The Brexit impact on worlds automobile industry

  • May 28, 2017

When the referendum asked British voters the question: “Should the United Kingdom remain a member of the European Union or not?” About 52% of the United Kingdom elected to leave the European Union, which is a political and economic union of 28 member states that are located primarily in Europe. As it was an unexpected development, the global financial markets plunged into turmoil; the European countries were the hardest hit. One could fathom the post- Brexit outcome and its impact on the world economy including the automobile industry.

Automakers at risk?

Brexit, a blend of the words ‘Britain’ and ‘exit’, is a term that was coined to explain the planned withdrawal of the United Kingdom from the European Union. Among the other social, economic and political consequences that this historic decision would have on the nations all over the world, one pertinent question is how will this move affect the automobile industry of the globe? Are the automakers actually at risk, or will they pass through this phase without any major casualty?

According to a Fitch report, the Brexit created an uncertainty that will weigh moderately on revenue and earnings in the coming years for several automobile manufacturers. Automakers at risk include Jaguar Land Rover, Bayerische Motoren Werke (BMW), Peugeot, Volkswagen, Ford, and General Motors (Vauxhall), as they generate 5-10% of unit sales and revenue in the United Kingdom and export substantial local production to the European Union. However, there will be no immediate change in their operations. Cars imported from Europe to the United Kingdom may become expensive due to the fluctuating euro-pound exchange rates and a depreciating currency.

Dealt with a soft blow

There is volatility, yes, but the automobile sector was dealt with a softer blow. However, the consumer confidence tumbled as “new car registrations fell for the second time in more than four years in June 2016,” according to the Fortune. After the dust had settled in the global markets, global car sales advanced, with Western Europe and China, leading the way. According to a Global Auto Report, “Global vehicle production is expected to move higher across most of the world in the second half of 2016, providing a welcome boost to industrial activity at a time when heightened economic and political uncertainty is dampening the overall economic growth.”

Trends in major markets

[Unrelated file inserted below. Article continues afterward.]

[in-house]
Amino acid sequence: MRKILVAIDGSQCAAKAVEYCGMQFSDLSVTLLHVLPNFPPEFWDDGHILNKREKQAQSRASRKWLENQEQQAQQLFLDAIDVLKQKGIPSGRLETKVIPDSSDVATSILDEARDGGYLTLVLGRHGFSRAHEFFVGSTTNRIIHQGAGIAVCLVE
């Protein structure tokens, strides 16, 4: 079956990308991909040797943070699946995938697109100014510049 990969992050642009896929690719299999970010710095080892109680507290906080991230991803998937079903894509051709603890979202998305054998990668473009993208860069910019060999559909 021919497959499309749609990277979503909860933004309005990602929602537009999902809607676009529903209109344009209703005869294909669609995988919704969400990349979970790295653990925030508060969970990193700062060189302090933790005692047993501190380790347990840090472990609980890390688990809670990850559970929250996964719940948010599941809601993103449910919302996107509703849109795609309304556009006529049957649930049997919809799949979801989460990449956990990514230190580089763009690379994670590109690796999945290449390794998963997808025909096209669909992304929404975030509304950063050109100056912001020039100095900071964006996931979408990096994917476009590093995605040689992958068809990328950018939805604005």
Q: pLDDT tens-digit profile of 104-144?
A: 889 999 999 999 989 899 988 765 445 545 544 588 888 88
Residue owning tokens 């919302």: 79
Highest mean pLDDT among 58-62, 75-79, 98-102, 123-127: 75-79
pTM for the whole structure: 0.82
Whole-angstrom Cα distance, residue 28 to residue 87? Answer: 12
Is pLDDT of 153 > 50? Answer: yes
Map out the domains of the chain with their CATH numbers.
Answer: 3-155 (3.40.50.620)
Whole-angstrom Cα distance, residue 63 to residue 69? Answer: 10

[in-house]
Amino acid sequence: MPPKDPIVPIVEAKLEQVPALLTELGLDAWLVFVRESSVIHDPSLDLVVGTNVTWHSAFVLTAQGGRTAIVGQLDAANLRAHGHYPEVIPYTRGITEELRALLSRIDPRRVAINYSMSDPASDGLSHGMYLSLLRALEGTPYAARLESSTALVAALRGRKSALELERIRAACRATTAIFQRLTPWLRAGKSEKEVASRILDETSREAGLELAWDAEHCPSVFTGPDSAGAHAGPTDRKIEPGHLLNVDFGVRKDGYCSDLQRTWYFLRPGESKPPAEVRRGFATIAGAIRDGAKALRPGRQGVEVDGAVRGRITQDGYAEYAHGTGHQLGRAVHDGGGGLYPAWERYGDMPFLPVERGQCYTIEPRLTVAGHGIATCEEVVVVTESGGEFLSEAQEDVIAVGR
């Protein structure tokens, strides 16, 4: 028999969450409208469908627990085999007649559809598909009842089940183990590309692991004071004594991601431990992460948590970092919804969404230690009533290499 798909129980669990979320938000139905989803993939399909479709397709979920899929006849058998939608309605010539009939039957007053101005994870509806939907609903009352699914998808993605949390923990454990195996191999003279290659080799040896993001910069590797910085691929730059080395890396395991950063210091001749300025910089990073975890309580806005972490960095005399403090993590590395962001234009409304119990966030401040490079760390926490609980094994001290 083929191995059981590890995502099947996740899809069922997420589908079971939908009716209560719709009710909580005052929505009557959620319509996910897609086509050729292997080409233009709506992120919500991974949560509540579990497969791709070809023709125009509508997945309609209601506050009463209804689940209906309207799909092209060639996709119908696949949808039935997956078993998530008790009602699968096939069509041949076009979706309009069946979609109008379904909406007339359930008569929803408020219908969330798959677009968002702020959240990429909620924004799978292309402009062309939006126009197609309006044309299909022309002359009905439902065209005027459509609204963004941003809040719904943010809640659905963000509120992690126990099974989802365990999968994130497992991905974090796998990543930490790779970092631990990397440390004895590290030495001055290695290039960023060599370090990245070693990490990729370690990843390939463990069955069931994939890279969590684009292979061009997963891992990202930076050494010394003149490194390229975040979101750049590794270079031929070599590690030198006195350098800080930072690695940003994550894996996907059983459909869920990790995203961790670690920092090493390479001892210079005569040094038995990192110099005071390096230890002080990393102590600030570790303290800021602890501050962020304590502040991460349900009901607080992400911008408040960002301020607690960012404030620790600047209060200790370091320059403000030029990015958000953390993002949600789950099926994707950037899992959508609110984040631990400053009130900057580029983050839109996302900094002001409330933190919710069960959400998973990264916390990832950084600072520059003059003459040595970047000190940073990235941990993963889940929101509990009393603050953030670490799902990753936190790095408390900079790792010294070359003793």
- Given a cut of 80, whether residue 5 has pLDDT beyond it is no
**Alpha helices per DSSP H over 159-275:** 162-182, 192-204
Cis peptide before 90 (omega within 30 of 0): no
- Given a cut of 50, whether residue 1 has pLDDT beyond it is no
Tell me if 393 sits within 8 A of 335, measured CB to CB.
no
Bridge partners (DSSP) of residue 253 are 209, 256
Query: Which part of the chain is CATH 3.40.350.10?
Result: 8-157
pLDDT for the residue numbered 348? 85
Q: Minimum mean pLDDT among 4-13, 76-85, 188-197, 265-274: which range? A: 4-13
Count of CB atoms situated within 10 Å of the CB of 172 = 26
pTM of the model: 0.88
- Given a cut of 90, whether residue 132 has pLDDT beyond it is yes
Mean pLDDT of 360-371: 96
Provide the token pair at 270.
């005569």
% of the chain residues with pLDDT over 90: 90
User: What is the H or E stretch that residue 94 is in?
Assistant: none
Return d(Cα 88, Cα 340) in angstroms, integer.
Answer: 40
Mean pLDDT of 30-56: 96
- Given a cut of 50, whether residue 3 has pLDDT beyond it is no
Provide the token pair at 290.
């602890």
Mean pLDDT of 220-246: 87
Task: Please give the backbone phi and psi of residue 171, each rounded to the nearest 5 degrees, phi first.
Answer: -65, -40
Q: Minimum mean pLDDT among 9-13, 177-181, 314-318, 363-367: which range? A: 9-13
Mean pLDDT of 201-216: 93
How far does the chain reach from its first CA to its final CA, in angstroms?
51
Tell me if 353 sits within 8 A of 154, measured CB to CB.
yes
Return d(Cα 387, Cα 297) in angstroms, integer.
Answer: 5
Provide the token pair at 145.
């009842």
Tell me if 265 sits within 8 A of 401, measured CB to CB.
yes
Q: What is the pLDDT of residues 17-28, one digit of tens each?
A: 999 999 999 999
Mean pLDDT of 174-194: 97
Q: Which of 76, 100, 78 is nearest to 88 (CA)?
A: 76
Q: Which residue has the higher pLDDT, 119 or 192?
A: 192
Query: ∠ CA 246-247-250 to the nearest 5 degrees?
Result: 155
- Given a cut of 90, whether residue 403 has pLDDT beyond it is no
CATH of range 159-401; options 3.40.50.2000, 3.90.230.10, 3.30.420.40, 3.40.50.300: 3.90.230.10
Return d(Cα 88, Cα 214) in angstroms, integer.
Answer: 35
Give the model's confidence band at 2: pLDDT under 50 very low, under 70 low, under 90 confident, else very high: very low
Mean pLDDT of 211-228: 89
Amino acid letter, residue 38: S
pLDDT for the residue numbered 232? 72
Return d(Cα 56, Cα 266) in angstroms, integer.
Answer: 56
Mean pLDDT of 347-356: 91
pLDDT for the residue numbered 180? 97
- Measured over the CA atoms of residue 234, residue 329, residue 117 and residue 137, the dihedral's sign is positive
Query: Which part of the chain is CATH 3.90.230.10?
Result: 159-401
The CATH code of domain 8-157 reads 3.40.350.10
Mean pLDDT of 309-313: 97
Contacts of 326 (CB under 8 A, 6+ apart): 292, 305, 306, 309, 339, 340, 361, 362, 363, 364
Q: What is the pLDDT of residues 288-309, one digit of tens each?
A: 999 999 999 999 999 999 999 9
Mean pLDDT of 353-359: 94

In Canada, the observed slowdown was concentrated in sedans; light trucks continued to power ahead. Despite the moderation, purchases remained on target. There was, however, a profound effect on Germany as it is a major car exporter to British consumers. Higher assemblies, leading to increased manufacturing activity, supported the staggering markets of Asia. In the United States, due to low-interest auto-financing, there were record auto sales, while in Japan, which is an exportdependent country, the operating profit of the automakers fell.

The analysts will undertake forecasts’ revision, as the renegotiation of trade pacts, investment treaties and legislative and regulatory arrangements transpire in a two-year window. Markets may continue to remain on edge as long as the element of ambiguity continues, thus squeezing financial conditions.

Will Africa be affected?

Certainly! And out of the 54 nations of the African continent, it is South Africa which will face the maximum burnout. Because the United Kingdom is one of the most important automobile trading collaboraters of the southernmost tip of the African continent. According to Jeff Osborne, the Head of Gumtree Automotive, “We don’t yet know the influence that Brexit will have on the motor industry.While auto stocks were battered when the news broke, this is likely due to investors exercising caution and opting to observe the market before making any rash decisions. The effect will be a marked decline in the short term.” He further explains that in a free trade zone, there are no tariffs between countries and that ‘a car manufactured in Britain, for example, can be sold in Germany without any necessary change in price. But without those agreements, a car made in Britain might have its sales taxed in Germany, which could potentially double the cost for the consumer.’

Since the likes of Mercedes-Benz, Volkswagen, BMW, Toyota and Ford exported a combined total of 48,669 passenger and light commercial vehicles to the United Kingdom in the last financial year, Britain remains a significant market for vehicle exports from South Africa. Osborne said, “Vehicle and component exports have been on the rise consistently over the last few years – in some instances by 50% – bolstered by the weak rand and the financial recovery from northern hemisphere markets. It is crucial that trade agreements with Britain are renegotiated to minimize economic impact.”

Noting that major African markets are increasingly moving away from South African imports, he added, “As countries such as Algeria’s policies on vehicle imports tighten and Nigeria focuses on its own budding manufacturing industry, South Africa is dependent on Europe, while Angola’s loss of oil revenue also cut government spending on imports significantly.” Thus, only time will tell what the gamble of the Brexit vote holds for the auto economy of Africa and the world.

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